Writer/director Dave Ellis spent over 20 years as a video game writer and director. And indeed, his first assignment was as a lead writer, co-writing the story and writing the script for the 1998 CD-ROM game Star Trek: The Next Generation Klingon Honor Guard from MicroProse. (An an amusing coincidence, my brother’s and my Internet marketing company at the time, 2-Lane Media, had MicroProse as a client and created the marketing website for Klingon Honor Guard—although I’ve never met Dave.

A page from the website that my company built to market Klingon Honor Guard back in 1998

Along with fellow designer ADAM COGAN, Dave actually won the very first Writer’s Guild of America award for video game writing in 2008 for their work on Dead Head Fred. Dave continued working in the video game industry until 2015, writing scripts and directing voice-over sessions. Nowadays, Dave works as a marketing writer, but he also remains a huge Star Trek fan, and therein begins the origin tale of 359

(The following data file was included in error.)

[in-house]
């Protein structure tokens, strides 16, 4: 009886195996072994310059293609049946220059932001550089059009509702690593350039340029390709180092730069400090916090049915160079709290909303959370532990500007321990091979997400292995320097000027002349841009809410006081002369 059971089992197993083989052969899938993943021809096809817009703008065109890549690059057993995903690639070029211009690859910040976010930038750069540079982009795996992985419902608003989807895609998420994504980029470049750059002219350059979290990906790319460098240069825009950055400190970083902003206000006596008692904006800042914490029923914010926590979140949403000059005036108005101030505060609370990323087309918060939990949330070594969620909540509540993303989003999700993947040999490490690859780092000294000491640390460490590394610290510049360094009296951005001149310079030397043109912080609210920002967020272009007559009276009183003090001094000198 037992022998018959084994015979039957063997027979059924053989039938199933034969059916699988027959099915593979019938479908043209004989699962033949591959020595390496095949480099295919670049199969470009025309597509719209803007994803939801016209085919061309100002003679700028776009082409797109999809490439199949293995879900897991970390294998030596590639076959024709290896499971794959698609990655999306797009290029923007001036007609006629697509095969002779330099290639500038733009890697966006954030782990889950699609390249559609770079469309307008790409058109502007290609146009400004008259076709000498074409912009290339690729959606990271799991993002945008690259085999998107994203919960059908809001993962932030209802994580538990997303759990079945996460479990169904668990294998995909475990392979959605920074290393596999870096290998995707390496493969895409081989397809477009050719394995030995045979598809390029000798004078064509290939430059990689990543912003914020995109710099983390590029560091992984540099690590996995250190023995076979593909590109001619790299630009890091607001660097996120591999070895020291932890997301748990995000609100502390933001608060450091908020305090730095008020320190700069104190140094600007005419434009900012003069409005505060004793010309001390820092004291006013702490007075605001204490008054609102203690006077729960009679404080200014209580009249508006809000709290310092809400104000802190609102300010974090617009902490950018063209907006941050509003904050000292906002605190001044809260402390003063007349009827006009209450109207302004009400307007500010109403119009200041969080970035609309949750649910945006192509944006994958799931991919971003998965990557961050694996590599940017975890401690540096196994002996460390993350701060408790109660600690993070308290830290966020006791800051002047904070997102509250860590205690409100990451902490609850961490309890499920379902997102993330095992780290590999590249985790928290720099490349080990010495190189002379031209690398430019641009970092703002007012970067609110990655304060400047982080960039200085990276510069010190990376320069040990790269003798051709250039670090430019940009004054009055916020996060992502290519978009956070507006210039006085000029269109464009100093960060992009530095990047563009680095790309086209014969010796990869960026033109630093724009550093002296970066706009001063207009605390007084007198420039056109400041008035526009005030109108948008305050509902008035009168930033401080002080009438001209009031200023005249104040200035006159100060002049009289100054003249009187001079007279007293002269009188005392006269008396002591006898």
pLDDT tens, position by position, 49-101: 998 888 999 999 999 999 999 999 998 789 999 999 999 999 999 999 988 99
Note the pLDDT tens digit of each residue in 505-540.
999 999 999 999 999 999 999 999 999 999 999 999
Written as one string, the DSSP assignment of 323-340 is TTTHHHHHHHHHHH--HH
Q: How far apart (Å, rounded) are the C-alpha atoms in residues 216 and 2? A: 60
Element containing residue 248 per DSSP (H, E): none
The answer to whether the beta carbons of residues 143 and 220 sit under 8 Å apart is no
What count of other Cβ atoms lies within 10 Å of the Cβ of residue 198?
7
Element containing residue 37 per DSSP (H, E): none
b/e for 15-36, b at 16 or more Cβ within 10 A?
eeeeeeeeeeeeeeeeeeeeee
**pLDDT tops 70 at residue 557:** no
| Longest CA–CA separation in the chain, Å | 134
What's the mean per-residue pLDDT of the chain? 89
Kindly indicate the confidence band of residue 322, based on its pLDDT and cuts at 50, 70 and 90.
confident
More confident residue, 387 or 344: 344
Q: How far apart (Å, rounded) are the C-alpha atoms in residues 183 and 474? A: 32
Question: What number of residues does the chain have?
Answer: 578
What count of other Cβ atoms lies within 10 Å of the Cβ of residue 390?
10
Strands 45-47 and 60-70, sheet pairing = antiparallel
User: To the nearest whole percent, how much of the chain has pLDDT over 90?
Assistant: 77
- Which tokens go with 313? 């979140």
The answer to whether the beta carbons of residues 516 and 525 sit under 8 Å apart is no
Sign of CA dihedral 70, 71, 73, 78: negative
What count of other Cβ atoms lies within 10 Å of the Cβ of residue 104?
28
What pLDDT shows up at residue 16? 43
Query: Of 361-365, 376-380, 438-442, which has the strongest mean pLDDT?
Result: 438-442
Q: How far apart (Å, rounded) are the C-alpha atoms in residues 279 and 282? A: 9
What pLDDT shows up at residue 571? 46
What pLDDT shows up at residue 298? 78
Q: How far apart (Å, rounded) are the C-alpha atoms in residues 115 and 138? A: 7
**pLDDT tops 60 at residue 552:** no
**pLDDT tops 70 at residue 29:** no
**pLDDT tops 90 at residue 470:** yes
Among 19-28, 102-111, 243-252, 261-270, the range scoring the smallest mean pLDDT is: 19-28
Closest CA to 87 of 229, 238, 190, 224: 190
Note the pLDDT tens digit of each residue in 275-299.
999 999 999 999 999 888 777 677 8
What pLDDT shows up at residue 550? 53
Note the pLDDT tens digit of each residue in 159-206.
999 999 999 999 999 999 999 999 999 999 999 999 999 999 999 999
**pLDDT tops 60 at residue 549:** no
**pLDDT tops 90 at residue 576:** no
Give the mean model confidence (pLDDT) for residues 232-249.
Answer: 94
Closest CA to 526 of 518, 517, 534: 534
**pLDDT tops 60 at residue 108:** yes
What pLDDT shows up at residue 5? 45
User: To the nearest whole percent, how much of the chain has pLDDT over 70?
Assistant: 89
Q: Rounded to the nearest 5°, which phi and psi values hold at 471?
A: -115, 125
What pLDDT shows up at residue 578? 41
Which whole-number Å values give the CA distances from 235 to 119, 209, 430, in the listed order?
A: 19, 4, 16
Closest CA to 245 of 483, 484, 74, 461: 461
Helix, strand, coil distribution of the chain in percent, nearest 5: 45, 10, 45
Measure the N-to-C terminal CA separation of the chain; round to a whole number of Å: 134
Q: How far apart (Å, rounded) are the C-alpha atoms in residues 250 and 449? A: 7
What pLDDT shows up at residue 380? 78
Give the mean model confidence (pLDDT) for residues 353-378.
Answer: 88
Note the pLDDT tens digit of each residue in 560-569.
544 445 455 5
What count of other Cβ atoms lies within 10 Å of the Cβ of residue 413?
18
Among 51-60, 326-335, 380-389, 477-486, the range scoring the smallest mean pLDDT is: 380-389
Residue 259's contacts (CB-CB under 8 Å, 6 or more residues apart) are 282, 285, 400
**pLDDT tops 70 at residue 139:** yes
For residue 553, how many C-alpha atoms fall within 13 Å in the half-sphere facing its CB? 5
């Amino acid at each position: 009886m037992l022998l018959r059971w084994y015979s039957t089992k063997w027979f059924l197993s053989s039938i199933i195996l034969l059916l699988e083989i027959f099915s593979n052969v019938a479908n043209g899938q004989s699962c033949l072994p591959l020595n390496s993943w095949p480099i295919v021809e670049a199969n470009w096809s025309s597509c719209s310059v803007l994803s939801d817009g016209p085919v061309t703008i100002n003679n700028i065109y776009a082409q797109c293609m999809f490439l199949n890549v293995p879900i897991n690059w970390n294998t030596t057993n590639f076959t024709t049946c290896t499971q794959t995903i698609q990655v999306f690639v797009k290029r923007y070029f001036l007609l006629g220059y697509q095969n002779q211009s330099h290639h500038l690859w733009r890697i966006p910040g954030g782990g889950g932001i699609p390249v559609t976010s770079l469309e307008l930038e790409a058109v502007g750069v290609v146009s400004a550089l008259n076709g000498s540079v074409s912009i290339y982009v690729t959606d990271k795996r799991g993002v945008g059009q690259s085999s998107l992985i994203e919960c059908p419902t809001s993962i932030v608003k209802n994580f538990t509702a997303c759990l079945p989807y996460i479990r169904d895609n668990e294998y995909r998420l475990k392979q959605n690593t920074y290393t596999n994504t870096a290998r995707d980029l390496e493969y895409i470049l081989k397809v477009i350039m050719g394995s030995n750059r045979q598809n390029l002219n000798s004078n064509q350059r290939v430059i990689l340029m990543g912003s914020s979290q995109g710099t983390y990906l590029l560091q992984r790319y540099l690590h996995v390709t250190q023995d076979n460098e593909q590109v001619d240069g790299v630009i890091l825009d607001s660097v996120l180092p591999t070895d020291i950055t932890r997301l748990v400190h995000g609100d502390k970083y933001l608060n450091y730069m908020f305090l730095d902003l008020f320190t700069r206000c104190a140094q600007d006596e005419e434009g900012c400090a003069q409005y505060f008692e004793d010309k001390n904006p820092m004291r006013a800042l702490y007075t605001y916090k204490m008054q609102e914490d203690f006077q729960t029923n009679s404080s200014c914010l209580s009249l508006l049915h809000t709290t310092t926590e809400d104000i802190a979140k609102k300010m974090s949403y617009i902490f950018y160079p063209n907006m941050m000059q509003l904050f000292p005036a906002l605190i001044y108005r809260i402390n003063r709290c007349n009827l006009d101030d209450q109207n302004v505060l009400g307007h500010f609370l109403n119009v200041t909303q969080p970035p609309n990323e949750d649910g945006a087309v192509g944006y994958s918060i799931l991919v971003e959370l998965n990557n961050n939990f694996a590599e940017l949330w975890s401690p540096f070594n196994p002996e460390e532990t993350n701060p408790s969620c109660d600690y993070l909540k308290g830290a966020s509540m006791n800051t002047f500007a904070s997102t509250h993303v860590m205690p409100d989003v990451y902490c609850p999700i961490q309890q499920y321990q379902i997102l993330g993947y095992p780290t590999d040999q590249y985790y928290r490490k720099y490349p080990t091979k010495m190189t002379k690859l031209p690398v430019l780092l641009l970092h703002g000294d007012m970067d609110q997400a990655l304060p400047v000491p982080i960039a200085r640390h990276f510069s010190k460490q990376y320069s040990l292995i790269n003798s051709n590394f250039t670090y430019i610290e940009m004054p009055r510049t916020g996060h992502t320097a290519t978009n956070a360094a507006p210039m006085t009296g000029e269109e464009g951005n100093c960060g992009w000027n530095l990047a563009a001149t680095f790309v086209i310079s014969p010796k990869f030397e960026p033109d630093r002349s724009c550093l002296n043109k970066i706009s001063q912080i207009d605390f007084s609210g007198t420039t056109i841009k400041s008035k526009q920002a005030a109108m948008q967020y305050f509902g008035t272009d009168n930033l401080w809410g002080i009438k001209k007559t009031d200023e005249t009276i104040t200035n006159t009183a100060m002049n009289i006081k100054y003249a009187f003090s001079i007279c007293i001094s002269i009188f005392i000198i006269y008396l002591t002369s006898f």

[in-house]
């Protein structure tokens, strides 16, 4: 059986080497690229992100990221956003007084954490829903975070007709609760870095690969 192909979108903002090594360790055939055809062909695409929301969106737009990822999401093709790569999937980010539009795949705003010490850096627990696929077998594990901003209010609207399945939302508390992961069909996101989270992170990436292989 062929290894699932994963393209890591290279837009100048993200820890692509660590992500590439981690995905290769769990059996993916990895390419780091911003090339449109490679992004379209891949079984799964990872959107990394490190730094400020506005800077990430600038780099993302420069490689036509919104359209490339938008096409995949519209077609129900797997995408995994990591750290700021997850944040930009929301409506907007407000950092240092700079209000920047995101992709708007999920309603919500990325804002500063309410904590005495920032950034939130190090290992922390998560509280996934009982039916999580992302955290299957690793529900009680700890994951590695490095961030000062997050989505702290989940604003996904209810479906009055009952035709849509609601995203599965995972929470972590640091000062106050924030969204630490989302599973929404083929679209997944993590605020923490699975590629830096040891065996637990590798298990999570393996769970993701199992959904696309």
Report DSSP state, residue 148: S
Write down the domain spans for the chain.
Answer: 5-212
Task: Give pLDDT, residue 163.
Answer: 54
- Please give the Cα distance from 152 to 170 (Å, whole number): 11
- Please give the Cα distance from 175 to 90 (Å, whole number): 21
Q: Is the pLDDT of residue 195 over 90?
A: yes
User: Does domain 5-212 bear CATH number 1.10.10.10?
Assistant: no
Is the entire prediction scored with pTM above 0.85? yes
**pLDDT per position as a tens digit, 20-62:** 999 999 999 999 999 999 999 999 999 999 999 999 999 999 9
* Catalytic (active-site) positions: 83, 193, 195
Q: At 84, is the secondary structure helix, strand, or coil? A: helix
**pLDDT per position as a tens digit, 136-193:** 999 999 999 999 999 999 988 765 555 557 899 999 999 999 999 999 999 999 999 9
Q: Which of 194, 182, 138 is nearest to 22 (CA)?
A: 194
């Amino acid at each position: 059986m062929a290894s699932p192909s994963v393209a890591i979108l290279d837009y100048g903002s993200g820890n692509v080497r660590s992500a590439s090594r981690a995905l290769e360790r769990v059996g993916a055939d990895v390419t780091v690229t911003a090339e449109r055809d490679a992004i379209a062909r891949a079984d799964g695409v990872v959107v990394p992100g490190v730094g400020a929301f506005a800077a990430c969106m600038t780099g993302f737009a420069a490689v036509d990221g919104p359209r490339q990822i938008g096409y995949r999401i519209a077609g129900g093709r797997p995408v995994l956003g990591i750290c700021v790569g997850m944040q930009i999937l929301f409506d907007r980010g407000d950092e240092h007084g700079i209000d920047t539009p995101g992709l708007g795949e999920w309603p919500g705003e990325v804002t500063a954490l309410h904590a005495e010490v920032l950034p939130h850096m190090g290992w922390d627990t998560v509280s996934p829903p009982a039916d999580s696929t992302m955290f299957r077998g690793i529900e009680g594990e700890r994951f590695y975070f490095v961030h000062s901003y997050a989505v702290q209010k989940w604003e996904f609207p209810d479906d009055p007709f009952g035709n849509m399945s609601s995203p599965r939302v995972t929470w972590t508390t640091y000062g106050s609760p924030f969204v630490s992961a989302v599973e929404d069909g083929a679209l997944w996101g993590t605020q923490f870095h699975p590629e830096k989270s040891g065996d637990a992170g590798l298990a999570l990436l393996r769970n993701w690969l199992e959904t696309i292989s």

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With PRODIGY abruptly canceled, a fan rushes to release the first LIVE-ACTION Prodigy fan film: FLIGHT OF THE PROTOSTAR! (interview with SAM COCKINGS)

Star Trek fans were shocked this past week when Paramount unexpectedly announced the immediate cancelation of the animated STAR TREK: PRODIGY series prior to the release of any episodes of season 2…and then quickly removed the show entirely from its Paramount+ streaming service.

The announcement included additional details that production of the second season of Prodigy was nearly complete, and that the property would be shopped around by CBS Studios as a 2-season package to other streaming services and networks. And so the reason for taking down the 20 completed episodes from Paramount+ was to make Prodigy a more attractive and valuable commodity for purchase.